The changes proposed by the senators to these bills have frequently improved them. I have just given one example. Our Senate colleagues' contribution in clarifying certain laws means time saved for the courts. This too must not forgotten.
All too often parliamentarians say that it is the role of this House to legislate not that of the courts. We have a House that helps us legislate and clarify the law and some people want to abolish it. The effect of this would probably be to transfer even more powers to the courts, which we say every day that we do not want.
A number of senators have vast experience in varied fields, such as law, the world of business, public administration and so on. I am thinking of people such as Senator Eugene Whelan who will retire in a few days. He is an eminent Canadian who served as minister of agriculture for many years. He is a parliamentarian with three or four decades of experience. This is the calibre of people they are. There is also Frank Mahovlich, a world famous personality and a member of the Senate. Senator Wilbert Keon is a doctor with a worldwide reputation.
I have named only a few. This is the sort of person who represents us in the other place. We must not forget it either.
The experience of these senators becomes very important for all Canadians when it comes to crafting legislation that is a faithful reflection of Canadians' needs and aspirations. Obviously this cannot be readily measured, but one thing is certain and that is that it is part of the legislative process and part of our reality in Canada.
Furthermore, on several occasions senators have been called upon to look specifically at such problems as poverty, unemployment, inflation, the status of the elderly and science policy. There is even a Senate committee that is studying monetary issues right now, and the list goes on. The reports these studies produce have had an impact on the resulting legislation.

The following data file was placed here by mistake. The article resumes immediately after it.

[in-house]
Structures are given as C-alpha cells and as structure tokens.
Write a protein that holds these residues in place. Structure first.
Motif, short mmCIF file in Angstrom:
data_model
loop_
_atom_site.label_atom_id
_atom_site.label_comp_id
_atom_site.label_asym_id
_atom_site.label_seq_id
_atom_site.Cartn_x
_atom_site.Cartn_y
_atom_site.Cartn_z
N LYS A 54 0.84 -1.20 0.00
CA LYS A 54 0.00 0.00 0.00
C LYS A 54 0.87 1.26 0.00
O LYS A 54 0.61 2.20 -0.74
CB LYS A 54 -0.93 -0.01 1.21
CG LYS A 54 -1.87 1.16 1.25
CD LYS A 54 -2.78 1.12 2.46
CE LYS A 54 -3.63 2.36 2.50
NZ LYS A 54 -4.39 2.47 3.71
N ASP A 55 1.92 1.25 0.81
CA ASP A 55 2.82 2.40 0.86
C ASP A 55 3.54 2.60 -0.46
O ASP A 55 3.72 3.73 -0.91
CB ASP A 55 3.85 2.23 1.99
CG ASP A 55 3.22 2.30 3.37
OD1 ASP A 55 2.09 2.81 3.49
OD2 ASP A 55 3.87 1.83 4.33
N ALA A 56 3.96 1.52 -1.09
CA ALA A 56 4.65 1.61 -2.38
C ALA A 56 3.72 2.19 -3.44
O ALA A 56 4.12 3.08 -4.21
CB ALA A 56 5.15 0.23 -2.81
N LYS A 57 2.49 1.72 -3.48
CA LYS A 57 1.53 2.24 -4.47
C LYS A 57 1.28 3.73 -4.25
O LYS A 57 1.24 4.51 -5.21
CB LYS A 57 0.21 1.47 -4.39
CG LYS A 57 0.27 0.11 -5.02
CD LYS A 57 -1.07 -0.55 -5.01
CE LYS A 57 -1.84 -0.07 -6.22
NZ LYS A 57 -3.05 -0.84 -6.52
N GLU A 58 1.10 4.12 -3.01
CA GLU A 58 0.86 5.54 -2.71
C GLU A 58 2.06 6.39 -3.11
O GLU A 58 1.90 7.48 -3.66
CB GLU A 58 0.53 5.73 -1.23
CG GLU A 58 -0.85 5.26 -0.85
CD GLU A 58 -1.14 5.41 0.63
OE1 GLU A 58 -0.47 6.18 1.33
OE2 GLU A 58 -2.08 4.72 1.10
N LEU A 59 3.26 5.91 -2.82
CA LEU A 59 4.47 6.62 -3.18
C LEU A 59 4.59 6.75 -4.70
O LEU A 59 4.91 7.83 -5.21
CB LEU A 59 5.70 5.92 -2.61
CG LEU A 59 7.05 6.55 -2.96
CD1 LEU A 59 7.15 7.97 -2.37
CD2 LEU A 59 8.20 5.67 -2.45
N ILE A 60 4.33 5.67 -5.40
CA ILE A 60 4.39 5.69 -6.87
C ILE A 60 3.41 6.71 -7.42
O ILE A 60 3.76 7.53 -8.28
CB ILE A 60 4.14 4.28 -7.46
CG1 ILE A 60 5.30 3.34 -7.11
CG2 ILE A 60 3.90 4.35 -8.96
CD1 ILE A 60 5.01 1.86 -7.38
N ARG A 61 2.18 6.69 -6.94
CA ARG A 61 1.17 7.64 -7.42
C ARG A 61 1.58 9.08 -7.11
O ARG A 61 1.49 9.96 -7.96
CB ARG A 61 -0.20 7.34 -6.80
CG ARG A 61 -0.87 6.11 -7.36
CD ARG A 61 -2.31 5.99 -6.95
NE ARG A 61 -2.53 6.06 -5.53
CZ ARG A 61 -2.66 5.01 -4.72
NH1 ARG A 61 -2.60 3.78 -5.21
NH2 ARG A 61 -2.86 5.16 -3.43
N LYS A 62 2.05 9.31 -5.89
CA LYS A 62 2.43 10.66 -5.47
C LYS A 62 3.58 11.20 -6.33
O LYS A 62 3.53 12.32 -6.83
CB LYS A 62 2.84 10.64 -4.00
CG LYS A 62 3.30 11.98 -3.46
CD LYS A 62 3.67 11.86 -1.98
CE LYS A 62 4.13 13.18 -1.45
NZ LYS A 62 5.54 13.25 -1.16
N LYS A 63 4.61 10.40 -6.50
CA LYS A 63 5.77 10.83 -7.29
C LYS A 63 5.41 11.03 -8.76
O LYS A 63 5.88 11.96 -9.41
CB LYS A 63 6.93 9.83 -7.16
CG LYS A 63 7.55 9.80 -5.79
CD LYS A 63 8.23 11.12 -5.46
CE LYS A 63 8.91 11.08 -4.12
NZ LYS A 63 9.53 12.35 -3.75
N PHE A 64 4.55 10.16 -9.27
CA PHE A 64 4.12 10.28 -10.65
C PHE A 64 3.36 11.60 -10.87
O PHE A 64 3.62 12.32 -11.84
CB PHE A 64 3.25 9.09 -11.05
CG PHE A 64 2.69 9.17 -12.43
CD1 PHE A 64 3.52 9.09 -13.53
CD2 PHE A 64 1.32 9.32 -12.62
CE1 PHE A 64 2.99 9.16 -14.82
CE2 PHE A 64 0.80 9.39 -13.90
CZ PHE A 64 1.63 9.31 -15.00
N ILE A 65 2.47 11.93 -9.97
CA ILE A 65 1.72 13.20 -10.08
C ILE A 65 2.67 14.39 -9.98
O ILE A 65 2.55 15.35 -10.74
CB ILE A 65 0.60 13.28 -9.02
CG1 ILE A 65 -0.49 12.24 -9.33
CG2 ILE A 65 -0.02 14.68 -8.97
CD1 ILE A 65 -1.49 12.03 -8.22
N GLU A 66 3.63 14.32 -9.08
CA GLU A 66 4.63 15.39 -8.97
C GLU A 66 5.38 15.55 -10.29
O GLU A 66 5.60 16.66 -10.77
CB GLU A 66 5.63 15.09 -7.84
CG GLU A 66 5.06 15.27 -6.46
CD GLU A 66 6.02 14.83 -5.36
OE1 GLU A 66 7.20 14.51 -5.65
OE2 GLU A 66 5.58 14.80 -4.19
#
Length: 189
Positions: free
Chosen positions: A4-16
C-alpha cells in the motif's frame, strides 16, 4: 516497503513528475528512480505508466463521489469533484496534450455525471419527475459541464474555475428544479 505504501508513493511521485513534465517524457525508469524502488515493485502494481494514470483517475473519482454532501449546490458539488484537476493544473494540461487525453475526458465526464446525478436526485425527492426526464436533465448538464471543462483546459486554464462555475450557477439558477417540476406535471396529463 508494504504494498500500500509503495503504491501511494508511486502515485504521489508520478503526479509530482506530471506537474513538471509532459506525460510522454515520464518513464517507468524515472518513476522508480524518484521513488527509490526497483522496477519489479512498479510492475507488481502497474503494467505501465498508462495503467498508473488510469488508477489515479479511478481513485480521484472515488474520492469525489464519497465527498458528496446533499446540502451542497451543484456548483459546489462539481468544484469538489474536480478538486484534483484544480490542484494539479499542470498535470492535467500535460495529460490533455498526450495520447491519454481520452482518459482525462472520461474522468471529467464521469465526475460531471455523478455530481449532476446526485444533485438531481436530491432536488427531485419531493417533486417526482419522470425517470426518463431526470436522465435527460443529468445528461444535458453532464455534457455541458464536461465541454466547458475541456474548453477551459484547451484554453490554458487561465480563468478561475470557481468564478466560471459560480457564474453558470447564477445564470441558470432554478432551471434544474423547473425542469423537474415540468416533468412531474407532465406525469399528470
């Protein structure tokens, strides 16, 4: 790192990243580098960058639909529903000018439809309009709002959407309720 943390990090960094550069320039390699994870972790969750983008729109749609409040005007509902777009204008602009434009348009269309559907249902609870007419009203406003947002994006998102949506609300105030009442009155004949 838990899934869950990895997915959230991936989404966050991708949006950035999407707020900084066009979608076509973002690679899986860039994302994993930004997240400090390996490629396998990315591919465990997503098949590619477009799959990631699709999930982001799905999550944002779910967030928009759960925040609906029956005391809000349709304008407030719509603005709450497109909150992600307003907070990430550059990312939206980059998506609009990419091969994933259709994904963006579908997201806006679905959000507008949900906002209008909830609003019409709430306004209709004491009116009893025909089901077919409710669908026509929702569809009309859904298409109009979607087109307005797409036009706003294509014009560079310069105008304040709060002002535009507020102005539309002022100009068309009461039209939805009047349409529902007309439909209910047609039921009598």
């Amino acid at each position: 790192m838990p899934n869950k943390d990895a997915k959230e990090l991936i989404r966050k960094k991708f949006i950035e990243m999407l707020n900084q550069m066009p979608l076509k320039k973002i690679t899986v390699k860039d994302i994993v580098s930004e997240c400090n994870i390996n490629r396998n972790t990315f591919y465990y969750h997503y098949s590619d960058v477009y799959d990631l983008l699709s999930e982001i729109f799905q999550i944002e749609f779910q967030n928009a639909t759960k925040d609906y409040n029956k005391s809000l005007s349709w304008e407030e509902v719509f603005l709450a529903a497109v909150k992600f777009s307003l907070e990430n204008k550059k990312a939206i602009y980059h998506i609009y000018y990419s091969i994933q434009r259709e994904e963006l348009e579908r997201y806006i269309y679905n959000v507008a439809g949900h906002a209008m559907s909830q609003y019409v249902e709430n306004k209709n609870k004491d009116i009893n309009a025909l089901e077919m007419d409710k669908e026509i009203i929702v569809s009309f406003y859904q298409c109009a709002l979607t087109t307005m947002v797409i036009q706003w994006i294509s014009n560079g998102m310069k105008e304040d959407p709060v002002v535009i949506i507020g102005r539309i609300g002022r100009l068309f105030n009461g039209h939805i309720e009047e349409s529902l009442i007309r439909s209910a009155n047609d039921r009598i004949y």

Since we are now debating the granting of supplies to the Senate, I would even go so far as to say that these studies have enabled Canadians to realize important savings since they have made it unnecessary to establish royal commissions of inquiry. God knows how expensive these commissions can be, I remember some. The senators are already being paid, already have staff and, most important of all, they have an extensive institutional memory. They have contributed much to this process and will continue to do so.
In conclusion, I would like to ask the House to support the estimates of the other place.
The government's position on Senate reform is simple. We support the idea of such reform but when the circumstances are right, when there is first of all a consensus to that effect among Canadians and when all partners in our federation are resolved to move ahead with such a project.
We also believe that such a reform must be carried out in a comprehensive and considered manner, not piecemeal and certainly not on the fly as certain opposition parties too often suggest in the House.
In the meantime, our government is pursuing the same policy, one of common sense. It appoints as senators people recognized for their competence, people wishing to contribute with us to the well-being of Canadian society.